Why Taiwanese 'Shaved Snow' Is Better
Instead of using stabilizers, Grace Street employees prevent delicate shaved snow from melting by insulating it with a double layer of metal bowls. Photo credit: Julia Bainbridge
If your memory of sweet summer frozen treats involves technicolor syrup and ice chunks that require molars to cleave, then you have not had shaved snow.
“The goal is to make sure it just disappears in mouth, and for the finish to be light,” says Colin Quek, general manager at New York City’s Grace Street, which in addition to Taiwanese shaved snow makes Korean-style donuts and stellar coffee. Quek and his team traveled around China and Korea, researching shaved snow and how to get it “soft and airy yet cold and creamy.”
The best way, Quek’s team found, was with a machine and a bit of mojo. One hand wields a razor, which shaves thin swaths of frozen liquid from a spinning disc of flavored ice, while the other holds a bowl, moving it left to right so that the delicate results softly pile themselves atop one another. “It’s like you’re catching ribbons,” said Quek, who likens the myriad layers to those in a croissant. “It’s the cold dessert version of the layers of dough and butter in a croissant; you get the airy texture that way.”
Shaved ice is somewhat crude in comparison. The folks at Grace Street say the texture scale goes like this, from least to most delicate:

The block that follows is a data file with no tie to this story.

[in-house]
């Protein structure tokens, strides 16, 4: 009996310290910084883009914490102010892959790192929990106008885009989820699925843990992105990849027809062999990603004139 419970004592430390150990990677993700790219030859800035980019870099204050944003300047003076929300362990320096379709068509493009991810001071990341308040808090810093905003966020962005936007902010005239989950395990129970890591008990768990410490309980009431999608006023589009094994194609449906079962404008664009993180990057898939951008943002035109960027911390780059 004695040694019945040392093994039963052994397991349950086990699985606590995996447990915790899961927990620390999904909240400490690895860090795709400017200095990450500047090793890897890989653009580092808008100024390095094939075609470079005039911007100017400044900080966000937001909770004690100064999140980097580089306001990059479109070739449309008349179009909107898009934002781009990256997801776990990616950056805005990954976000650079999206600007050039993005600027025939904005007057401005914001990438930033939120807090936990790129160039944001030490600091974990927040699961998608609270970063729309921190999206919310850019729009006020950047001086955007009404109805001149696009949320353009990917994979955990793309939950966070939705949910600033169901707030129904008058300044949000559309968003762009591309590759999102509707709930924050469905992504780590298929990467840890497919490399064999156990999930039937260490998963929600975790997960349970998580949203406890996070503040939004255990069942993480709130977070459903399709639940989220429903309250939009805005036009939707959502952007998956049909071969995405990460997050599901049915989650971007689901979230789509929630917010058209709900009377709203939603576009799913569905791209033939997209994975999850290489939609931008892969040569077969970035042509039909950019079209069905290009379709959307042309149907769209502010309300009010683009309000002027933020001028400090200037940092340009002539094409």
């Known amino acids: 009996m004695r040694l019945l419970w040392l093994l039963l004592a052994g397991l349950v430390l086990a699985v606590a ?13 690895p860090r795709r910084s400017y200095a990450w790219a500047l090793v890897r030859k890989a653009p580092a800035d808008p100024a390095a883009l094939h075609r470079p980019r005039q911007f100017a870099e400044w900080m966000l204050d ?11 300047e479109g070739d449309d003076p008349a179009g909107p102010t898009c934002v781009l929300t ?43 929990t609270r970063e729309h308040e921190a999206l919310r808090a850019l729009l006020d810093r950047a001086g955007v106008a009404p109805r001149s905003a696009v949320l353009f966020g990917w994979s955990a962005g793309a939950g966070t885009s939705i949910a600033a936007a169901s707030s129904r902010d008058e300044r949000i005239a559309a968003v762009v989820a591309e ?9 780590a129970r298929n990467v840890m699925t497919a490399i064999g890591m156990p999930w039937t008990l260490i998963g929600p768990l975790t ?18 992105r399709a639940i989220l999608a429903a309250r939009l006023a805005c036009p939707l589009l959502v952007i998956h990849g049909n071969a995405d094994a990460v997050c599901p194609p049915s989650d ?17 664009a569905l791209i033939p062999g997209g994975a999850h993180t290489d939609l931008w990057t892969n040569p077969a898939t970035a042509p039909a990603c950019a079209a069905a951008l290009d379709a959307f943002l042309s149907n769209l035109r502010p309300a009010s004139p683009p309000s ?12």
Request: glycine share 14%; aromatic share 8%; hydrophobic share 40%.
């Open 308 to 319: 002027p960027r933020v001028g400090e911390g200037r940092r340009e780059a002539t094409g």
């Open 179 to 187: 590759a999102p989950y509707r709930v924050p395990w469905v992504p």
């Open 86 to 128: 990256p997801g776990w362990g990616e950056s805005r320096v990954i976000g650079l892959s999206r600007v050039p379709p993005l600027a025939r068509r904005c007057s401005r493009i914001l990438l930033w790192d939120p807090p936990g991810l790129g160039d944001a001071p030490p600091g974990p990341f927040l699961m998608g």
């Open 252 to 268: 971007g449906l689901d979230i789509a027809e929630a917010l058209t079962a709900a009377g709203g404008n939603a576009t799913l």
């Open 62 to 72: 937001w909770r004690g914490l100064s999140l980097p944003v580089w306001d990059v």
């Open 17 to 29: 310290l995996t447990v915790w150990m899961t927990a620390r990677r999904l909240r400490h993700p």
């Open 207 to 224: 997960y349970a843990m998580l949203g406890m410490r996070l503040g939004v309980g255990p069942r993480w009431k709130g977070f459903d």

Puerto Rican shaved ice: The result of manual work—Quek has primarily seen people sweep razor-like tools across a big block of ice—are “uneven” and “the ice chunks are too big.” This is similar to American snow cones.
Korean and Taiwanese shaved ice: These contain “smaller chunks” than those in American shaved ice, “but there’s still a lot of crunch. It’s like tiny bits of ice packed together.” As is true of the above, the flavor comes from syrups and toppings added after the ice is shaved. “It’s usually topped with either fruit or condensed milk, mochi and boba,” says Quek.
Taiwanese shaved snow: The texture is melt-in-your-mouth sweet, cold air. The flavor—usually mango or green tea, although Grace Street is working on black sesame—is infused into the block itself. And the ice block also contains a mixture of water and milk, so the shavings are silkier. Grace Street serves the snow with a scoop of red bean ice cream and cubes of mochi on the side.
Qwek says that really what Grace Street is doing is a hybrid of Korean shaved ice and Taiwanese shaved snow—“We’re making it our own special way”—but uneducated palates will be none the wiser.
You can also find top versions of the stuff at Ice Fire Land in Flushing, New York, Blockheads Shavery and Class 302 in Los Angeles, Kuma Snow Cream in Las Vegas, and Snowflake in San Francisco.